COVID-19 and media freedom – guidance based on the Council of Europe standards

- Freedom of expression and information and media freedom are crucial for the functioning of a truly democratic society and continue to be so in times of crisis.[1] The provision of timely information about public health risks is a critical element in crisis response.

- Special attention should be paid to the communication and dissemination of information relating to the virus and its circulation, risks of contamination, number of illnesses/deaths, as well as to those measures which have more remote connection with the policy of social distancing/isolation. Related restrictions on the freedom of expression introduced in some States are potentially worrying.

- Media play a key role, also coupled with increased responsibility, in providing accurate, reliable information to the public, but also in preventing panic and fostering people’s understanding for and cooperation with necessary restriction. Media organisations and journalists should adhere to the highest professional and ethical standards, give priority to authoritative messages regarding the crisis, and refrain from publishing, and thus amplifying, unverified stories.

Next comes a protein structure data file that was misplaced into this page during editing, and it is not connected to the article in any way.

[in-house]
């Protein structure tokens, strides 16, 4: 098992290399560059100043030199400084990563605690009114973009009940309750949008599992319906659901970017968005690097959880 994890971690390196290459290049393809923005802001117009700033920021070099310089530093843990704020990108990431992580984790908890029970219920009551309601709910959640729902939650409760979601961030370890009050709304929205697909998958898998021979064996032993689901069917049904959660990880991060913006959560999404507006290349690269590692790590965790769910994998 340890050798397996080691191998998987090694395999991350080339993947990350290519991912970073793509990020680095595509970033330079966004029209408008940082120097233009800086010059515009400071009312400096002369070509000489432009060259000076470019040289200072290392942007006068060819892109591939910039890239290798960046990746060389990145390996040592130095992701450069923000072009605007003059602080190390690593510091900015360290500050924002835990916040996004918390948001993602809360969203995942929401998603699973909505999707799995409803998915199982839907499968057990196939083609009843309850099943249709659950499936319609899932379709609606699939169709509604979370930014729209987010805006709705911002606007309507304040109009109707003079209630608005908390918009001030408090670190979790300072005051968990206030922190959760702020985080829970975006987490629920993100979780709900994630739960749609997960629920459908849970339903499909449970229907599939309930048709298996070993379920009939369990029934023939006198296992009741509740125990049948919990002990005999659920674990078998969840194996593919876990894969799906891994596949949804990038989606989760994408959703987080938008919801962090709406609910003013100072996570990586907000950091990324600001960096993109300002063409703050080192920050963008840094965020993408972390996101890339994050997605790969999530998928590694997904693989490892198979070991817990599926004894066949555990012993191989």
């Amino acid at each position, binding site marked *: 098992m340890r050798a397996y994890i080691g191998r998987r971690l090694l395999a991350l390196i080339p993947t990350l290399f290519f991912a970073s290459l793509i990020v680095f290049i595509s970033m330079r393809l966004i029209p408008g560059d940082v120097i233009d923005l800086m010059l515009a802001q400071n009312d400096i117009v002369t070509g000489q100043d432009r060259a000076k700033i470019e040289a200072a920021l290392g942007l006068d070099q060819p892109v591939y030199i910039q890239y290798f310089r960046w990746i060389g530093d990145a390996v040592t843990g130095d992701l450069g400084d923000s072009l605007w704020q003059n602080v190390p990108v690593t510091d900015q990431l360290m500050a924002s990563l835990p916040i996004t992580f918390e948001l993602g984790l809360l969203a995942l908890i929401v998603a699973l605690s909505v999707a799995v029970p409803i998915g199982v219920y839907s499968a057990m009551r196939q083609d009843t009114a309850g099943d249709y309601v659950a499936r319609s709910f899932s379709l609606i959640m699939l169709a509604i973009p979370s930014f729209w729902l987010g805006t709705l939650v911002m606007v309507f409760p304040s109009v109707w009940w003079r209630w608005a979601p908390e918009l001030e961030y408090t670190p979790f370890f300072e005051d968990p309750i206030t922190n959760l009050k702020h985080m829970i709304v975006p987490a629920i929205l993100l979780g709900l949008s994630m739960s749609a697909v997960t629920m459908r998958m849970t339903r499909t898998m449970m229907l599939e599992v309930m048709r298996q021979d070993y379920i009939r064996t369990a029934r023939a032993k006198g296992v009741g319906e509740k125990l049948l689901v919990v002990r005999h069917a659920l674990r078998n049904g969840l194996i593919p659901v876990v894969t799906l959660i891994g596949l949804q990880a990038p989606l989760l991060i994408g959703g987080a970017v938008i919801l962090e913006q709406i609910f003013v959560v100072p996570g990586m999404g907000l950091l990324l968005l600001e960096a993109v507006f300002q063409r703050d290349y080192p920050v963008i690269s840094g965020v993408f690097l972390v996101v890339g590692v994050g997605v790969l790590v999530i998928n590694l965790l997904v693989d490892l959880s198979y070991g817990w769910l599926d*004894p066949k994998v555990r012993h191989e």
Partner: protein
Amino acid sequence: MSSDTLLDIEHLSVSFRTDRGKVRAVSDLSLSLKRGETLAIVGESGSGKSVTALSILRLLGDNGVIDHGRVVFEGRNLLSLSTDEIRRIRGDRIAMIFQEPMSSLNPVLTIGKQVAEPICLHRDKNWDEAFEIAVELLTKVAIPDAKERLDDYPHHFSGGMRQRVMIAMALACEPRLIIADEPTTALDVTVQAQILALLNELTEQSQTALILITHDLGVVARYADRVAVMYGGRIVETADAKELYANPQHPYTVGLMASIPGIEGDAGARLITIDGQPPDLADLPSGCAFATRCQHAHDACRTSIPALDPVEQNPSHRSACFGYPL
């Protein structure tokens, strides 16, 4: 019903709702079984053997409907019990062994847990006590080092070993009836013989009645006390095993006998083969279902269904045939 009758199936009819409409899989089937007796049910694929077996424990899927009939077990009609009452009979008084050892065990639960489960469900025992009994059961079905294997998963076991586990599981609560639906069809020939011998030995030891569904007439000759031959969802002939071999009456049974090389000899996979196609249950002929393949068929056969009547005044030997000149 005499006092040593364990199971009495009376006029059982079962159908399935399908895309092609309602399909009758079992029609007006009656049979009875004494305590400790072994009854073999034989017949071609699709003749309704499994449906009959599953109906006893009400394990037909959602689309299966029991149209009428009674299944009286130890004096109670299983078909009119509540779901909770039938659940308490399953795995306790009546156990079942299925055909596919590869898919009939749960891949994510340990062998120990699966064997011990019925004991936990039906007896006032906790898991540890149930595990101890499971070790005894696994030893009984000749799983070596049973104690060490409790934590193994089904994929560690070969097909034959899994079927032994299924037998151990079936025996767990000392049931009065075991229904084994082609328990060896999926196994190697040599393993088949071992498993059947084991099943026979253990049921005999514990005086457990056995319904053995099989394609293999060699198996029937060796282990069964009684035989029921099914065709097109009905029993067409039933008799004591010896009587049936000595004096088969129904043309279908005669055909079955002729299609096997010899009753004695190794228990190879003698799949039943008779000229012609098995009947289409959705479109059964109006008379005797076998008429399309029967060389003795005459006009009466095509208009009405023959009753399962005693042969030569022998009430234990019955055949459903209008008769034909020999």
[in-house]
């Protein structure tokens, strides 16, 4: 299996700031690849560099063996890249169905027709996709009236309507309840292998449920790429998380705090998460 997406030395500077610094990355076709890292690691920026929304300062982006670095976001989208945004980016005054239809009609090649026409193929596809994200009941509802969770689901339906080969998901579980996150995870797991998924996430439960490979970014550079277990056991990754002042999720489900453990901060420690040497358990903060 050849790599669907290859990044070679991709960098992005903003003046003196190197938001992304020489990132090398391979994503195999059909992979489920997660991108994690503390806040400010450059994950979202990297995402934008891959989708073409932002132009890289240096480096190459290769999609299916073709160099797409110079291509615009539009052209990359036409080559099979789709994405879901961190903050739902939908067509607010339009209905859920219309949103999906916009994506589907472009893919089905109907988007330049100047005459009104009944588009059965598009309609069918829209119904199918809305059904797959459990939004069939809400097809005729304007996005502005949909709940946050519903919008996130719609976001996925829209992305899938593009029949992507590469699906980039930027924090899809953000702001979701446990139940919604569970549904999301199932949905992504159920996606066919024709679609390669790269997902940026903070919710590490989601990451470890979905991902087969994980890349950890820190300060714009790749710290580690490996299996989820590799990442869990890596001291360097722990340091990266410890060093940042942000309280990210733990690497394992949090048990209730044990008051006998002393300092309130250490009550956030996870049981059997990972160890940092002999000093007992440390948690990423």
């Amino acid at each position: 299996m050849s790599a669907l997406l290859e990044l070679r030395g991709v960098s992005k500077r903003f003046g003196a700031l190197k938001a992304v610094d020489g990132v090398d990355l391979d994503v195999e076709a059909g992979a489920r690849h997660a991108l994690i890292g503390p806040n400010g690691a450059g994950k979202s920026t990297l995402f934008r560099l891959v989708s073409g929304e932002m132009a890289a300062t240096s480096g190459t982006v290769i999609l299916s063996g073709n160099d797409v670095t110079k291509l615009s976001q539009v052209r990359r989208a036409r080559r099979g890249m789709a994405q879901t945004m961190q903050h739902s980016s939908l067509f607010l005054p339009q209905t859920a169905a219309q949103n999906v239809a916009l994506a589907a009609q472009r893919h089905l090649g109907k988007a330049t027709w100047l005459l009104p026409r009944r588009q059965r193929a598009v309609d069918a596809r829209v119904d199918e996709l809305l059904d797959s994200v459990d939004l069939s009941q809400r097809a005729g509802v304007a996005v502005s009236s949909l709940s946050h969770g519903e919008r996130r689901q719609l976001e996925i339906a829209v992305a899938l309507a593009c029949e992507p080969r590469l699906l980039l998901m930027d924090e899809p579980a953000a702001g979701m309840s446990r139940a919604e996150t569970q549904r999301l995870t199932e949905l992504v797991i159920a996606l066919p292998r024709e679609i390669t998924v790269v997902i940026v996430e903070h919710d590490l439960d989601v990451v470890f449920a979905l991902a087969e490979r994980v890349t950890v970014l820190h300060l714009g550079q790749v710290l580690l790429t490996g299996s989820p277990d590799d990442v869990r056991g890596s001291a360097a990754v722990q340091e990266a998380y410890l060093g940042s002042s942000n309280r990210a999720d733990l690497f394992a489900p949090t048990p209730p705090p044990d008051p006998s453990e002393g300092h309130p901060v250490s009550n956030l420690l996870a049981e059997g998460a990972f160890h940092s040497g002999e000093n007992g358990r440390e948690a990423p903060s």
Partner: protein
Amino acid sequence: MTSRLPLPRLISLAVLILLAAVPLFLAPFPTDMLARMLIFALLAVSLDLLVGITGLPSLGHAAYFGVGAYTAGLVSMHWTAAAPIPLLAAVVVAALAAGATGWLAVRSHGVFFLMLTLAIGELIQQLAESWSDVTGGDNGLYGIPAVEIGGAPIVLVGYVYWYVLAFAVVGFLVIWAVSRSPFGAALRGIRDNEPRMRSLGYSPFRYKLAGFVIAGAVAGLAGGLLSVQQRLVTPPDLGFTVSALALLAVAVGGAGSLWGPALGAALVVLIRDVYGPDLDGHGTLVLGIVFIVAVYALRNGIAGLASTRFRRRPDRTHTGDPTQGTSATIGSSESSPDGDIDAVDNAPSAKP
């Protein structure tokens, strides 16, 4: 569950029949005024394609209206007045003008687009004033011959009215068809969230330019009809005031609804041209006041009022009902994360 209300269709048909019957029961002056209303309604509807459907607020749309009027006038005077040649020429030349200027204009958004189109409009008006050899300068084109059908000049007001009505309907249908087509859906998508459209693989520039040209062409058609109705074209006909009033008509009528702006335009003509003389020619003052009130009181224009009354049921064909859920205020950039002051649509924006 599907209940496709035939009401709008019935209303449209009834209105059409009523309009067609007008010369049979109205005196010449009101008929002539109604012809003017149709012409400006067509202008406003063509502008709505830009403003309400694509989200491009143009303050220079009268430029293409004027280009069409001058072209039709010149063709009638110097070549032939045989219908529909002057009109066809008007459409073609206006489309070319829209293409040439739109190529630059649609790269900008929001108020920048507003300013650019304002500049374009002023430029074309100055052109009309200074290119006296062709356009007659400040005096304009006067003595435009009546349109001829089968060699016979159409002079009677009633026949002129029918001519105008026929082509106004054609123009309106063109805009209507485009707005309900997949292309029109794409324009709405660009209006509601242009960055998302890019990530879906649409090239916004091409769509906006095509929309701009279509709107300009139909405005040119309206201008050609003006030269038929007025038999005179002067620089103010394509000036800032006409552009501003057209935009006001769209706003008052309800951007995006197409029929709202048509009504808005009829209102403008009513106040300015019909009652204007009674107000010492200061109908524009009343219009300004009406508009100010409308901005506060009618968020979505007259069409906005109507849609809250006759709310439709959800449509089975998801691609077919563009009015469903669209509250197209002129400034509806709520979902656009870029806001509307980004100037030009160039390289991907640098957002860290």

- Rumours, misinformation and disinformation are more likely to cause harm to the public order and health safety. As exceptional measures required by exceptional circumstances (i.e. to avoid spreading conspiracy theories, false alerts, etc.), some restrictions may be needed and justified. However, States should avoid measures derogating from the guarantees of Article 15 ECHR that are broadly and vaguely worded, lack foreseeability and/or are likely to lead to overcriminalisation. In turn, professional journalists should be careful in verifying information coming from non-official sources before publishing it, and refrain from publishing implausible/sensationalist materials that could cause panic.

- States should regularly and promptly inform the public about the dimensions and implications of the crisis and the governments’ measures, engaging in an open communication that promotes trust and cooperation of every individual. However, the flow of information about the pandemics should not be reduced to official communications. This would lead to censorship and suppression of legitimate concerns.

- Journalists and media, medical professionals, along with civil society activists and members of the general public, should have the right to criticise the authorities and scrutinise their response to the crisis. This is particularly important now, when other checks and balances on the government action are removed or eased, especially under emergency measures or even the state of emergency in some states. The heroic story of Li Wenliang, the Chinese whistle-blower doctor,[2] shows the danger of suppressing free flow of information of vital importance. Likewise, it is unacceptable to use the epidemy as a pretext to silence the political opponents of the current government.